Design & Implementation of OEM ICS Cybersecurity Frameworks: The Good, The Bad, and The Ugly

The cyber threat landscape today continues to pose a myriad of unique challenges. This is especially the case for industrial organizations due to factors such as aging equipment, poor design or implementation, skills gaps and a lack of visibility. These shortcomings are exacerbated by the mean time to breach detection, which continues to hover above 150 days on average.

The SANS Institute via the Center for Internet Security recommends the Critical Security Controls as a means for organizations to strengthen their digital security. These measures make it clear that once an organization has completed a hardware and software inventory, one of the most important security controls they can implement is secure configurations.

One of the four actions to implement, automate and measure effectiveness is as follows:

Improved information security configuration and hygiene to reduce the number and magnitude of security vulnerabilities and improve the operations of networked computer systems, with a focus on protecting against poor security practices by system administrators and end-users that could give an attacker an advantage.

A Needle in the Haystack Conundrum

CIS-Critical-Security-Controls

Unfortunately, implementing the CIS Critical Security Controls is no small undertaking. At first glance, Basic Control 5 “Secure Configuration for Hardware and Software on Mobile Devices, Laptops, Workstations and Servers” and Foundational Control 11 “Secure Configuration for Network Devices, such as Firewalls, Routers and Switches” appear to be trivial. In reality, implementing these two measures constitutes a significant task. I liken security configuration management to finding a needle in a haystack; an organization only has to make a single mistake to allow an adversary to wreak havoc. I’m reminded of the Capital One attack in 2019 that was accomplished through leveraging what was described as a “configuration vulnerability.” An organization of any size, not just a major financial institution like Capital One, can have thousands if not hundreds of thousands of security configuration settings that are worthy of scrutiny. As such, finding a misconfiguration can be like trying to find several needles in many haystacks.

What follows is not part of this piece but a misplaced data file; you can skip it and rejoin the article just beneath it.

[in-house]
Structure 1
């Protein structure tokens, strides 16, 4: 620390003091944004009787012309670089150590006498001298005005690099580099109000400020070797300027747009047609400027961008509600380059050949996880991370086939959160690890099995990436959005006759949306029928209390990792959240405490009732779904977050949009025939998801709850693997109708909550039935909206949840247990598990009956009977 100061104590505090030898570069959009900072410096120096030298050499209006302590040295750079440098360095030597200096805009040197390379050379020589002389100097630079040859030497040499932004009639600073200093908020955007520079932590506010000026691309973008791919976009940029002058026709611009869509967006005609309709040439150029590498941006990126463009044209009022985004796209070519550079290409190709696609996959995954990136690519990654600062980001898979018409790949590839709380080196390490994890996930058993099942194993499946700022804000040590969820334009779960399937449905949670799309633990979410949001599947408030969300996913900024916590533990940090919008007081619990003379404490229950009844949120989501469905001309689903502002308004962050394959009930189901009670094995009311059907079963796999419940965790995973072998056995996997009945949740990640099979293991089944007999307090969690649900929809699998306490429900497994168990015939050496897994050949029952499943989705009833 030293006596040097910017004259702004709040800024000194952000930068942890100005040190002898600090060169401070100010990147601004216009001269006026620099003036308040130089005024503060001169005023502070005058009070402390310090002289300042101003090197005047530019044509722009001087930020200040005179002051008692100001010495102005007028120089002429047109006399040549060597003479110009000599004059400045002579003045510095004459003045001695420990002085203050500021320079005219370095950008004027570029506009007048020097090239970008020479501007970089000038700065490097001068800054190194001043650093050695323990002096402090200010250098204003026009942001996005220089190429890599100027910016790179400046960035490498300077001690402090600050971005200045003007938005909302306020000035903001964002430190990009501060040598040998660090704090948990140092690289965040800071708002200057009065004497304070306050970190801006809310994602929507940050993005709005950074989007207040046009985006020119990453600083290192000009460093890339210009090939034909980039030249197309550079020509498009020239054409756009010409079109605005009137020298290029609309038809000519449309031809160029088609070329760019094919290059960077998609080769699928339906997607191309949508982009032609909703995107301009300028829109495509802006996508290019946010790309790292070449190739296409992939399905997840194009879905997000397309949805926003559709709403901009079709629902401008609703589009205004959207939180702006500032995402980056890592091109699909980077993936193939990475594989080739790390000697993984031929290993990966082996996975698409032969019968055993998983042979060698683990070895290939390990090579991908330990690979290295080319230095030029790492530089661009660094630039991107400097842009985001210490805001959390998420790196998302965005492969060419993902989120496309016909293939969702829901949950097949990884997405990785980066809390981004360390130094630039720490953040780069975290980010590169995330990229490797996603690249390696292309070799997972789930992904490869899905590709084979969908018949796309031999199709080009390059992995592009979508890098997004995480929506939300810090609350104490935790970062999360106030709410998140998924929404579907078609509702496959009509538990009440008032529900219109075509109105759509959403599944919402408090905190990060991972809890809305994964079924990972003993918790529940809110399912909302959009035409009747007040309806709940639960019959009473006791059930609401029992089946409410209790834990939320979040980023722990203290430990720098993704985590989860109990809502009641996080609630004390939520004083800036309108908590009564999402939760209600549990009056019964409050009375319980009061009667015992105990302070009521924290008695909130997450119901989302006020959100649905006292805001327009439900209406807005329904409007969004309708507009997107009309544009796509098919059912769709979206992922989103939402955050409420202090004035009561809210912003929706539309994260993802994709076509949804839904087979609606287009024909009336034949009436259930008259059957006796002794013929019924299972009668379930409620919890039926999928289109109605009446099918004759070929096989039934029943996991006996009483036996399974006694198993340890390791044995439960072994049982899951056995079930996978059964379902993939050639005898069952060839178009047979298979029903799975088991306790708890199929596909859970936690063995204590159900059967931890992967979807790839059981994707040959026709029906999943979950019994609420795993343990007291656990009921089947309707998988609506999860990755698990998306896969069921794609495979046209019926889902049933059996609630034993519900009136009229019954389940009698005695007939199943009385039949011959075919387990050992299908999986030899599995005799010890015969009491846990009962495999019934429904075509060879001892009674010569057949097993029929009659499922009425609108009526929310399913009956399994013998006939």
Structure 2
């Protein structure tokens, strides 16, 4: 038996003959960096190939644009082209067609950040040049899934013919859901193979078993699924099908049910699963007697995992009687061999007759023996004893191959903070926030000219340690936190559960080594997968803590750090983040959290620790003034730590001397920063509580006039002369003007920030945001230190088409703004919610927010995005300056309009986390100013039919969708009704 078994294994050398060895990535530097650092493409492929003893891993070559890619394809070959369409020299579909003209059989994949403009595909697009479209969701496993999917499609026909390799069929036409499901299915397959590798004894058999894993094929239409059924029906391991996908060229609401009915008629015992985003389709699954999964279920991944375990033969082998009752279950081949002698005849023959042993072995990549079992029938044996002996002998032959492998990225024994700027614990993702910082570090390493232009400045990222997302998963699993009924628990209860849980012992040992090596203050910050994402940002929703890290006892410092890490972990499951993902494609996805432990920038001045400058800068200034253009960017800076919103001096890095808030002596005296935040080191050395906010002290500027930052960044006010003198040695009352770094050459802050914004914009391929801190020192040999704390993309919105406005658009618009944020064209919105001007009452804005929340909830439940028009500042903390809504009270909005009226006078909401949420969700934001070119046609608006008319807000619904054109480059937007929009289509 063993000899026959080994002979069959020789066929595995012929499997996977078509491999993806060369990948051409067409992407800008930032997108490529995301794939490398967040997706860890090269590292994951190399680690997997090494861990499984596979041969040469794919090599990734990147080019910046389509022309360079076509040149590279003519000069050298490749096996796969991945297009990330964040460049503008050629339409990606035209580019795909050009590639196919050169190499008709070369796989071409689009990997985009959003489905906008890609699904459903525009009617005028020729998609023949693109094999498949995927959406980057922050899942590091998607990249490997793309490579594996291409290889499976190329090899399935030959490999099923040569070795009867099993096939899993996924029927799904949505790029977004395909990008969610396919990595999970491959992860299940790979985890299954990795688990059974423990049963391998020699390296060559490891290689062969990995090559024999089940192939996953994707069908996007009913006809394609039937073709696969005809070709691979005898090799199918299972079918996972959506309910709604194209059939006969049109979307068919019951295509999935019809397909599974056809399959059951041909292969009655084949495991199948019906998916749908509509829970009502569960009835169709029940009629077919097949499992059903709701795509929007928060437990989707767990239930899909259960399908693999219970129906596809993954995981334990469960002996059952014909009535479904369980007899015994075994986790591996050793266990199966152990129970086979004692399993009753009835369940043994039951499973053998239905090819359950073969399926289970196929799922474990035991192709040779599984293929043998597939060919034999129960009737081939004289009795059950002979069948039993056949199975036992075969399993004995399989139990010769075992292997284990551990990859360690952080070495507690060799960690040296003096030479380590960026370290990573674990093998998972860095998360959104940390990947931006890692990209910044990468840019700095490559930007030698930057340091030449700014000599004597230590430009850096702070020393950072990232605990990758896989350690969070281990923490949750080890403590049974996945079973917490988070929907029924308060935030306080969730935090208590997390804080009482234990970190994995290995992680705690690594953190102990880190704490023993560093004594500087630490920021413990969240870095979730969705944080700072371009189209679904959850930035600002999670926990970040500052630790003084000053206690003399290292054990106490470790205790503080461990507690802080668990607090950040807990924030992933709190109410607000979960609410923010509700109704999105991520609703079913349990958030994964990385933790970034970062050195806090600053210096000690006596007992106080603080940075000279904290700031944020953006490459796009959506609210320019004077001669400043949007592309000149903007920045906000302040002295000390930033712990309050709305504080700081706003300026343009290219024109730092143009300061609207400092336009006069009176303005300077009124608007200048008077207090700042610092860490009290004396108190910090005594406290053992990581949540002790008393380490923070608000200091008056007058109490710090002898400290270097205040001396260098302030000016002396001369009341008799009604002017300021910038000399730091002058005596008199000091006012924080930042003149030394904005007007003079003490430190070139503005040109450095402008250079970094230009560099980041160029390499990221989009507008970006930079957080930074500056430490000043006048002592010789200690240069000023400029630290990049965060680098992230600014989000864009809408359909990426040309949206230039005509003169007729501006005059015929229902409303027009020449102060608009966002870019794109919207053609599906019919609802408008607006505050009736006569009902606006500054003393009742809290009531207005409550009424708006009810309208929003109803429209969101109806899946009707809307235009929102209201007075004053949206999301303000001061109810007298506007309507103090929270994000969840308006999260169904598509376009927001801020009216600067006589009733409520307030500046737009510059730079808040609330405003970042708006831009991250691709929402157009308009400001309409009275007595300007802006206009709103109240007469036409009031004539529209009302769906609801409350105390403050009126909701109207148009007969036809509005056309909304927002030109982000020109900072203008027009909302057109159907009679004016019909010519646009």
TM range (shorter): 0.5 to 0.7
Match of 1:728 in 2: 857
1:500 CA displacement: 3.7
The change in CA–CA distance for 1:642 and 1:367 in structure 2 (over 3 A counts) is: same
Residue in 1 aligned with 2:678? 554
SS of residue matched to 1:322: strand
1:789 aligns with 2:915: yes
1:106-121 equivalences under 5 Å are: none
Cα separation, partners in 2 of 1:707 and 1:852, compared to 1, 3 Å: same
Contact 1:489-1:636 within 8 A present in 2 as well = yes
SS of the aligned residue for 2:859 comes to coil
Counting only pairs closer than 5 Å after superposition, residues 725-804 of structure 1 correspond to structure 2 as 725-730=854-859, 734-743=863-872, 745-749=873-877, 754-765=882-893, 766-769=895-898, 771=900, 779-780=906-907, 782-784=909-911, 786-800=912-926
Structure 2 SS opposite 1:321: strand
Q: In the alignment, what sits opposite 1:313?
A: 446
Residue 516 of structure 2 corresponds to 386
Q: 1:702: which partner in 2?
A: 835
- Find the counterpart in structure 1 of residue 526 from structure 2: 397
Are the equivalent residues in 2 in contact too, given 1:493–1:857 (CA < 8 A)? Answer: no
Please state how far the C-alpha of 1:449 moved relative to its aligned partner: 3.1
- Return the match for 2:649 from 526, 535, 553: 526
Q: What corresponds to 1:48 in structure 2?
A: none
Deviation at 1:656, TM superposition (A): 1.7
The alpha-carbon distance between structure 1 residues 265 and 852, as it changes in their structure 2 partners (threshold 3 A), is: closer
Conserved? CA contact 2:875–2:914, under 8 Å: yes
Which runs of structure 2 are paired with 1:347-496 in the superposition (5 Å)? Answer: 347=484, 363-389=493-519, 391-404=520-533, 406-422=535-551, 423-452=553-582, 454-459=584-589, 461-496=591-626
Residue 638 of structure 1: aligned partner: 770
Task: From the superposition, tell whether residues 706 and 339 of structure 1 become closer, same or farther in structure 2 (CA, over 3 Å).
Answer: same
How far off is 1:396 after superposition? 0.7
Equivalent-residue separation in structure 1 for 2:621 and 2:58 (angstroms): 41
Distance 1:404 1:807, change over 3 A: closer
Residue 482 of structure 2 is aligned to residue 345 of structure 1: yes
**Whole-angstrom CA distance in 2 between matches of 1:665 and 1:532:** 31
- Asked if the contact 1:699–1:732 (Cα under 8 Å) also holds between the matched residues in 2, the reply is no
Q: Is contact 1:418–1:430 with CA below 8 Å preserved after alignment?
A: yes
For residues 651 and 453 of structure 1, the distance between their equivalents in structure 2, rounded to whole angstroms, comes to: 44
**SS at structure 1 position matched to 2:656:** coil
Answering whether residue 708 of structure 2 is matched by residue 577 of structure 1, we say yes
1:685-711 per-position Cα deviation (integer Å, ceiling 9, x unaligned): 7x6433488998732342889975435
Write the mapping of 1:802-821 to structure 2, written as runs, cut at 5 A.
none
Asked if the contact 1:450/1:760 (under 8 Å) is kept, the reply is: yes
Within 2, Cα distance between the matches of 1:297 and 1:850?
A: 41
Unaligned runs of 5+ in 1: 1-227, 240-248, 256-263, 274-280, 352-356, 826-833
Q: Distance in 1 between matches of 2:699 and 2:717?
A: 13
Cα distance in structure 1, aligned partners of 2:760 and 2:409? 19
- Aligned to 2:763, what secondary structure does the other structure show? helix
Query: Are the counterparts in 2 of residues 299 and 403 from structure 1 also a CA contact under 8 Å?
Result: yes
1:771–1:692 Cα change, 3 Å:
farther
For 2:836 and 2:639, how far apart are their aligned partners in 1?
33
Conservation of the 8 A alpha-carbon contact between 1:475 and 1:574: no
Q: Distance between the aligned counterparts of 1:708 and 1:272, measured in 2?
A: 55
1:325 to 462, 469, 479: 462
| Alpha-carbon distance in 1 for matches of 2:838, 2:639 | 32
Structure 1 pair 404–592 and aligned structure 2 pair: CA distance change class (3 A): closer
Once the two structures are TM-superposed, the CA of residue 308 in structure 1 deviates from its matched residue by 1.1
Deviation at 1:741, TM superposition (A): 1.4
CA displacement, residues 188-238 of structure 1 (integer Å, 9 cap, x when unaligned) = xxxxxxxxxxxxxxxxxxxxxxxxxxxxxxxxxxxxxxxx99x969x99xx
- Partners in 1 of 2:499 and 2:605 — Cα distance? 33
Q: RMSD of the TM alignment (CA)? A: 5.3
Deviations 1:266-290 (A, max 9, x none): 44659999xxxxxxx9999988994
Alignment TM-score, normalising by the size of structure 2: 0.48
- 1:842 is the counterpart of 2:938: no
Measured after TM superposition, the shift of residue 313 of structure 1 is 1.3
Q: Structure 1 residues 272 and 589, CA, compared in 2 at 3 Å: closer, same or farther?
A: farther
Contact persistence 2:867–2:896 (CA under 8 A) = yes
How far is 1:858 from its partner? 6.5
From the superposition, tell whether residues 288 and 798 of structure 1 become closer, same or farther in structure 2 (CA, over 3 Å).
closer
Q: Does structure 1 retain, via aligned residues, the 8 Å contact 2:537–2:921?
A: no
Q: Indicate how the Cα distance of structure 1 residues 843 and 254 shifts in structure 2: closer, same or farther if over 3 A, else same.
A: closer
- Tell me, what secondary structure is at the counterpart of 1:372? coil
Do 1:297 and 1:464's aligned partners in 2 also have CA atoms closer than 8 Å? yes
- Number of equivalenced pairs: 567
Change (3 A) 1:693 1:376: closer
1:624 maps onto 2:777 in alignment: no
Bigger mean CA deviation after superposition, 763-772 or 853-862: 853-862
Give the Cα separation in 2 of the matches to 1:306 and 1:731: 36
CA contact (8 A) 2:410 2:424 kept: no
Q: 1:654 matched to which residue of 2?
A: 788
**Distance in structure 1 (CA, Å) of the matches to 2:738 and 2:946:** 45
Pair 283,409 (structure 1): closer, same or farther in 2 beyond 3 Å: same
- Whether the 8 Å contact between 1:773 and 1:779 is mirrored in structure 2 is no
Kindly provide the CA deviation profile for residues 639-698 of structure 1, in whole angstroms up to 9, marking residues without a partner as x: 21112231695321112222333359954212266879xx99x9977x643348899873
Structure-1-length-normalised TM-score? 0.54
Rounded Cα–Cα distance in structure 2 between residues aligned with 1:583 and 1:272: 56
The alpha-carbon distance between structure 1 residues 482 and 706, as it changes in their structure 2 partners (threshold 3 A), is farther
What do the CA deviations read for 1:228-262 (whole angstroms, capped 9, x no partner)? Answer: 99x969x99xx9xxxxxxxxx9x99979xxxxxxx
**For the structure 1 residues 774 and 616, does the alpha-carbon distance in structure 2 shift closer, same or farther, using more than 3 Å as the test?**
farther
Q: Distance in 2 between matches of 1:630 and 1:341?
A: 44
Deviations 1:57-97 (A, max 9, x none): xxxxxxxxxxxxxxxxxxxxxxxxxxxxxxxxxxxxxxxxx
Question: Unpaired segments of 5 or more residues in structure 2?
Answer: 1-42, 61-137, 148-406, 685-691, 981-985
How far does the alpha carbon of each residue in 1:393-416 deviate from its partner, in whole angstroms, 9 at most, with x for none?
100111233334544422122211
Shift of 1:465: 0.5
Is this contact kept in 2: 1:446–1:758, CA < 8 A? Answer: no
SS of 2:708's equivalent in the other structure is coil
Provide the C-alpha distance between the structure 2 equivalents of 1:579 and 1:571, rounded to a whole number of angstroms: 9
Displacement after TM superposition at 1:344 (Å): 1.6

The OEM Approach

To further complicate the security configuration management challenge, especially in the ICS/SCADA world, OEM vendor solutions like complex control systems can add unique operating systems, software and hardware to the mix that have equally unique and often less-than-ideally-documented security configurations. A vendor specializing in their field will have unique advantages to selecting an appropriate cybersecurity framework for their platform, taking steps to integrate it, understanding the unique requirements (regulatory or otherwise) of their customer base and properly implementing a security configuration management solution. Regarding the latter point, such a tool should come equipped with the ability to reduce the average mean time detection of a breach to a number that’s more reasonable than 150 days.

SANS Webinar

Join us on Friday, July 10th at the SANS Oil & Gas Solutions Forum: Objective-based Security Drives Effective Solutions. There, Tripwire will be presenting a deeper dive into the design and implementation of a custom-fit cyber security framework in critical infrastructure environments with our partner Nexus Controls, a Baker Hughes business. Register here.